1. Lee, M., et al. (2011). “A comprehensive review of opioid-induced hyperalgesia.” Pain Physician 14(2): 145-161.
Opioid-induced hyperalgesia (OIH) is defined as a state of nociceptive sensitization caused by exposure to opioids. The condition is characterized by a paradoxical response whereby a patient receiving opioids for the treatment of pain could actually become more sensitive to certain painful stimuli. The type of pain experienced might be the same as the underlying pain or might be different from the original underlying pain. OIH appears to be a distinct, definable, and characteristic phenomenon that could explain loss of opioid efficacy in some patients. Findings of the clinical prevalence of OIH are not available. However, several observational, cross-sectional, and prospective controlled trials have examined the expression and potential clinical significance of OIH in humans. Most studies have been conducted using several distinct cohorts and methodologies utilizing former opioid addicts on methadone maintenance therapy, perioperative exposure to opioids in patients undergoing surgery, and healthy human volunteers after acute opioid exposure using human experimental pain testing. The precise molecular mechanism of OIH, while not yet understood, varies substantially in the basic science literature, as well as clinical medicine. It is generally thought to result from neuroplastic changes in the peripheral and central nervous system (CNS) that lead to sensitization of pronociceptive pathways. While there are many proposed mechanisms for OIH, 5 mechanisms involving the central glutaminergic system, spinal dynorphins, descending facilitation, genetic mechanisms, and decreased reuptake and enhanced nociceptive response have been described as the important mechanisms. Of these, the central glutaminergic system is considered the most common possibility. Another is the hypothesis that N-methyl-D-aspartate (NMDA) receptors in OIH include activation, inhibition of the glutamate transporter system, facilitation of calcium regulated intracellular protein kinase C, and cross talk of neural mechanisms of pain and tolerance. Clinicians should suspect OIH when opioid treatment’s effect seems to wane in the absence of disease progression, particularly if found in the context of unexplained pain reports or diffuse allodynia unassociated with the original pain, and increased levels of pain with increasing dosages. The treatment involves reducing the opioid dosage, tapering them off, or supplementation with NMDA receptor modulators. This comprehensive review addresses terminology and definition, prevalence, the evidence for mechanism and physiology with analysis of various factors leading to OIH, and effective strategies for preventing, reversing, or managing OIH.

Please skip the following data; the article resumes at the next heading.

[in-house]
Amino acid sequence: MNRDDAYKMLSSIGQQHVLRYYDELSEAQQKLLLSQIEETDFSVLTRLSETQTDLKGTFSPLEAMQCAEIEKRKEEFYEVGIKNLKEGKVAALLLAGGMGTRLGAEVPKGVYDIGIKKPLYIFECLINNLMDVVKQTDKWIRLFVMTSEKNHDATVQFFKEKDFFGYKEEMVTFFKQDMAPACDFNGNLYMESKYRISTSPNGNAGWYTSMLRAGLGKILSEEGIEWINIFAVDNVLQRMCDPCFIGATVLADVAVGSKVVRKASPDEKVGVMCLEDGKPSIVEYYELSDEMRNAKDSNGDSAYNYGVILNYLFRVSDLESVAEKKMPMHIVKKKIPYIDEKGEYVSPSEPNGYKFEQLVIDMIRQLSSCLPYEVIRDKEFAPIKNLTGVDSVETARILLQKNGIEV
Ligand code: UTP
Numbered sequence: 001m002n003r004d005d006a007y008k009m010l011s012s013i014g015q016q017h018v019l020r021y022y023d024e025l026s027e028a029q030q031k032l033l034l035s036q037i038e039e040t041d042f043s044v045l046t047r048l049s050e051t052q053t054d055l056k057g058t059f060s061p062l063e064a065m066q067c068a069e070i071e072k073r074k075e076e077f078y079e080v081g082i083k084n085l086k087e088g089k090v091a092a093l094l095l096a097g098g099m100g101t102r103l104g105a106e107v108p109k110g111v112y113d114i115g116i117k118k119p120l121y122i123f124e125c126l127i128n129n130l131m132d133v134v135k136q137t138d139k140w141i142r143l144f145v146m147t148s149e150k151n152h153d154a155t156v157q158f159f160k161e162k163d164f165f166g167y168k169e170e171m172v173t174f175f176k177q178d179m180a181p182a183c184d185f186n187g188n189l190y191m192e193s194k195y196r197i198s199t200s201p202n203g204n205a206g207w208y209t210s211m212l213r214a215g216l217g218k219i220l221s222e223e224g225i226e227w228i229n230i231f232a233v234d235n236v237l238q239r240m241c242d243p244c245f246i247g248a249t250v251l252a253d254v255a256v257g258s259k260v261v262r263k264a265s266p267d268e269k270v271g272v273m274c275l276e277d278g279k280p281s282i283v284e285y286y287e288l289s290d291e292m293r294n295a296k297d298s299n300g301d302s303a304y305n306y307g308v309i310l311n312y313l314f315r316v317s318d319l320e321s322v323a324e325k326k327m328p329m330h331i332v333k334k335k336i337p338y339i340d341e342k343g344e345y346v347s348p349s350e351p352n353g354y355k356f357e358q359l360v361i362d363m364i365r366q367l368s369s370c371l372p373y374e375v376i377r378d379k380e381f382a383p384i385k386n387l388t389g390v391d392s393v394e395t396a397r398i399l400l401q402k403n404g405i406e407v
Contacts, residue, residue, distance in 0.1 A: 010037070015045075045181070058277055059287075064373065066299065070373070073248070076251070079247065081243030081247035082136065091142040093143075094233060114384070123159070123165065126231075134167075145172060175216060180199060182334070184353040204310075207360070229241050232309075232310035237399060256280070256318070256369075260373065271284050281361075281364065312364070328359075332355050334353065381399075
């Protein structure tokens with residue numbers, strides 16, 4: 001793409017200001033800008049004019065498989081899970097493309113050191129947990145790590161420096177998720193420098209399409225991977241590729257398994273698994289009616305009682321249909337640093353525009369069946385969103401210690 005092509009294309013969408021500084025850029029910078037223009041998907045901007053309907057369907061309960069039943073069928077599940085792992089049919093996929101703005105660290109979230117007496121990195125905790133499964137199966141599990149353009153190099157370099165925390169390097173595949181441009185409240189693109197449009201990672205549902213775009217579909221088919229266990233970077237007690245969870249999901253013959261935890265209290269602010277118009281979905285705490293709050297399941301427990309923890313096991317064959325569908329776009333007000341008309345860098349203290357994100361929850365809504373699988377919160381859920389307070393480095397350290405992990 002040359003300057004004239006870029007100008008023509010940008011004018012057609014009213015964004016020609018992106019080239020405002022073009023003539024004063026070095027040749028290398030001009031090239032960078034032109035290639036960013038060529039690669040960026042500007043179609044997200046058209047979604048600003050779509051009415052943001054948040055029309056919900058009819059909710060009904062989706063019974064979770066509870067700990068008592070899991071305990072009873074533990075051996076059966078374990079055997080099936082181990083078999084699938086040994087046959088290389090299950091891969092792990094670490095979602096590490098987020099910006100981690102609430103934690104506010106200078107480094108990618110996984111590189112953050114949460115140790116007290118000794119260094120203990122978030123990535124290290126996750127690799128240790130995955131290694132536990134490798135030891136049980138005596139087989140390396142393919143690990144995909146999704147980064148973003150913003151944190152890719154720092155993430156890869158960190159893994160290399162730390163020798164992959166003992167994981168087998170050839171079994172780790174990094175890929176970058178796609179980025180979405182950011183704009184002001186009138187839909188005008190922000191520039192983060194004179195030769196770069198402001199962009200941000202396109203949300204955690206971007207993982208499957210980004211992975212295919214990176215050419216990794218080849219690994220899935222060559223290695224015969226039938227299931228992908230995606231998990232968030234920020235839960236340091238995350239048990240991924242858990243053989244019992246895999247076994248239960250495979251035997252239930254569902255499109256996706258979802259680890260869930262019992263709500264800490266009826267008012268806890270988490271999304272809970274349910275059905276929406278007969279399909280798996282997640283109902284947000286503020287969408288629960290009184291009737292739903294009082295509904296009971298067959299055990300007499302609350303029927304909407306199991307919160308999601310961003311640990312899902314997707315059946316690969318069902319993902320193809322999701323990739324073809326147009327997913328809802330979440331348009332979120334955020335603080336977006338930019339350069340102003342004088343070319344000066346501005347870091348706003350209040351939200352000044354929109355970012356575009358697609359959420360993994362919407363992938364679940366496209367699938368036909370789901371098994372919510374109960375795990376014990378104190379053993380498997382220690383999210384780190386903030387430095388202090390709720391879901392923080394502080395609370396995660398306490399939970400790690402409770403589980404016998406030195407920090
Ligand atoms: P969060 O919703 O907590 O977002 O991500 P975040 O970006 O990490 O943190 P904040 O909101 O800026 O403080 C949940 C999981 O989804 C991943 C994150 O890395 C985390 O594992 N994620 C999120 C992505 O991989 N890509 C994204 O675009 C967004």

2. Brush, D. E. (2012). “Complications of long-term opioid therapy for management of chronic pain: the paradox of opioid-induced hyperalgesia.” J Med Toxicol 8(4): 387-392.
While opioids remain a valid and effective analgesic strategy for patients suffering from a wide variety of painful conditions, they are not a panacea. Increasingly, physicians must balance patient expectations of adequate pain control with known limitations of opioid pharmaceuticals including adverse effects, tolerance, addiction, withdrawal, and drug diversion. Further complicating the issue over the last decade is a growing body of evidence suggesting chronic opioid use may unexpectedly worsen the perception of pain in some individuals. This syndrome, termed opioid-induced hyperalgesia (OIH), fundamentally changes our understanding of opioid pharmacodynamics and may influence our approach to management of chronic pain. This manuscript describes the concept OIH and provides an overview of basic science and clinical research to date attempting to characterize this syndrome, as well as ascertain its clinical relevance. The potential existence of OIH in humans is framed within the context of our current understanding of opioids and our prescribing patterns so that physicians may begin to incorporate these ideas into their philosophy of pain management as further information develops. Animal studies reliably validate OIH in controlled models. Rigorous research protocols in humans are lacking, and we cannot yet confidently conclude that OIH manifests in clinically significant ways. However, clinicians should consider the possibility of OIH when evaluating outcomes of patients on chronic opioid therapy.



  1. Great post Jim. I have seen many pain crises that are triggered by OIH. A purely subjective analogy seems to be the common phenomenon of benzodiazepine tolerance where the panic attacks are about as bad as baseline, but the patient insists that the dose needs to be increased and that seems to work until the tolerance recurs. In the case of OIH, the recurrent pain seems to be much worse – often resulting in hospitalization. By the time psychiatry is consulted the pain is even worse as a result of additional opioid being given by the treating team. In my current work setting, we take patient off opioids who have chronic pain associated with their use. Most are surprised that the pain relief from non-opioid medications and therapy produce a superior result for them.

    More work needs to be done on the front end. This excellent work by NICE is a good example of type of education that all physicians need: http://www.nice.org.uk/nicemedia/live/12948/47936/47936.pdf